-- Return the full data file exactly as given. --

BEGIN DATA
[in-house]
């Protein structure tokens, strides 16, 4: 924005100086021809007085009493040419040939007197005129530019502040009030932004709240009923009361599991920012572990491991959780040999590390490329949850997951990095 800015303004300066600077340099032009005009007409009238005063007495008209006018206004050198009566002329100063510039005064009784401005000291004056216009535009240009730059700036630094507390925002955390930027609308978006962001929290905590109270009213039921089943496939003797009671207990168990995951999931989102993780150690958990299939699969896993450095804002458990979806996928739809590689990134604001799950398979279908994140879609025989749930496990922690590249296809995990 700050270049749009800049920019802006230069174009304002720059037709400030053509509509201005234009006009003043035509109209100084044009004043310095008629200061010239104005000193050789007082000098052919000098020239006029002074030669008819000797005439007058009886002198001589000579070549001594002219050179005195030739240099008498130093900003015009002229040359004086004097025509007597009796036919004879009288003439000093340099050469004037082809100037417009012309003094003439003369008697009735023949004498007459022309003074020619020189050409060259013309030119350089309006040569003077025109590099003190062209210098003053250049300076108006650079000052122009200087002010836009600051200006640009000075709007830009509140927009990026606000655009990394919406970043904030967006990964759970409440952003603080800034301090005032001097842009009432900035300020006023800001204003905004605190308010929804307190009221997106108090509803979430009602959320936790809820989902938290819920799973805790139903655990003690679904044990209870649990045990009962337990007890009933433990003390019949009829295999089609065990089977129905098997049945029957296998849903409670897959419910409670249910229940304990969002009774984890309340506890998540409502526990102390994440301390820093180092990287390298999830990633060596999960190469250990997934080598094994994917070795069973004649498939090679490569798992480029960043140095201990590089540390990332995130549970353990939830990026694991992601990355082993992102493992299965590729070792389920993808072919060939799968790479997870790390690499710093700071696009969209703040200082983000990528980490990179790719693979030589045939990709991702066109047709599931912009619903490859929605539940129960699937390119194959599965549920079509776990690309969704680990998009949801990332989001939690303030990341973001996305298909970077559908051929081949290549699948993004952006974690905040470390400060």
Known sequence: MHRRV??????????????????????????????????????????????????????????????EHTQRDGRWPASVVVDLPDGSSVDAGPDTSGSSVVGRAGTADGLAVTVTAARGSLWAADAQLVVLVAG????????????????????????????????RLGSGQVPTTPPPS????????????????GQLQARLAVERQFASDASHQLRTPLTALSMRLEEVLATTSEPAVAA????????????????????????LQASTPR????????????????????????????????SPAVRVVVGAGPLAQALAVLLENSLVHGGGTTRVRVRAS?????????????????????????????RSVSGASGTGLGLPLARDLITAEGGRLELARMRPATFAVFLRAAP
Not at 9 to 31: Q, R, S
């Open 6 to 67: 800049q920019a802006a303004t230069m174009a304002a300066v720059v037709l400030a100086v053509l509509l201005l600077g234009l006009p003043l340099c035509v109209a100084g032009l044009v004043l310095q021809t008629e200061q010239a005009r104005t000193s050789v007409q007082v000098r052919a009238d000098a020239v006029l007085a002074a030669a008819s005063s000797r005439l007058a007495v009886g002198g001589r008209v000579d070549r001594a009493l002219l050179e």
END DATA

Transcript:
[in-house]
């Protein structure tokens, strides 16, 4: 924005100086021809007085009493040419040939007197005129530019502040009030932004709240009923009361599991920012572990491991959780040999590390490329949850997951990095 800015303004300066600077340099032009005009007409009238005063007495008209006018206004050198009566002329100063510039005064009784401005000291004056216009535009240009730059700036630094507390925002955390930027609308978006962001929290905590109270009213039921089943496939003797009671207990168990995951999931989102993780150690958990299939699969896993450095804002458990979806996928739809590689990134604001799950398979279908994140879609025989749930496990922690590249296809995990 700050270049749009800049920019802006230069174009304002720059037709400030053509509509201005234009006009003043035509109209100084044009004043310095008629200061010239104005000193050789007082000098052919000098020239006029002074030669008819000797005439007058009886002198001589000579070549001594002219050179005195030739240099008498130093900003015009002229040359004086004097025509007597009796036919004879009288003439000093340099050469004037082809100037417009012309003094003439003369008697009735023949004498007459022309003074020619020189050409060259013309030119350089309006040569003077025109590099003190062209210098003053250049300076108006650079000052122009200087002010836009600051200006640009000075709007830009509140927009990026606000655009990394919406970043904030967006990964759970409440952003603080800034301090005032001097842009009432900035300020006023800001204003905004605190308010929804307190009221997106108090509803979430009602959320936790809820989902938290819920799973805790139903655990003690679904044990209870649990045990009962337990007890009933433990003390019949009829295999089609065990089977129905098997049945029957296998849903409670897959419910409670249910229940304990969002009774984890309340506890998540409502526990102390994440301390820093180092990287390298999830990633060596999960190469250990997934080598094994994917070795069973004649498939090679490569798992480029960043140095201990590089540390990332995130549970353990939830990026694991992601990355082993992102493992299965590729070792389920993808072919060939799968790479997870790390690499710093700071696009969209703040200082983000990528980490990179790719693979030589045939990709991702066109047709599931912009619903490859929605539940129960699937390119194959599965549920079509776990690309969704680990998009949801990332989001939690303030990341973001996305298909970077559908051929081949290549699948993004952006974690905040470390400060």
Known sequence: MHRRV??????????????????????????????????????????????????????????????EHTQRDGRWPASVVVDLPDGSSVDAGPDTSGSSVVGRAGTADGLAVTVTAARGSLWAADAQLVVLVAG????????????????????????????????RLGSGQVPTTPPPS????????????????GQLQARLAVERQFASDASHQLRTPLTALSMRLEEVLATTSEPAVAA????????????????????????LQASTPR????????????????????????????????SPAVRVVVGAGPLAQALAVLLENSLVHGGGTTRVRVRAS?????????????????????????????RSVSGASGTGLGLPLARDLITAEGGRLELARMRPATFAVFLRAAP
Not at 9 to 31: Q, R, S
């Open 6 to 67: 800049q920019a802006a303004t230069m174009a304002a300066v720059v037709l400030a100086v053509l509509l201005l600077g234009l006009p003043l340099c035509v109209a100084g032009l044009v004043l310095q021809t008629e200061q010239a005009r104005t000193s050789v007409q007082v000098r052919a009238d000098a020239v006029l007085a002074a030669a008819s005063s000797r005439l007058a007495v009886g002198g001589r008209v000579d070549r001594a009493l002219l050179e």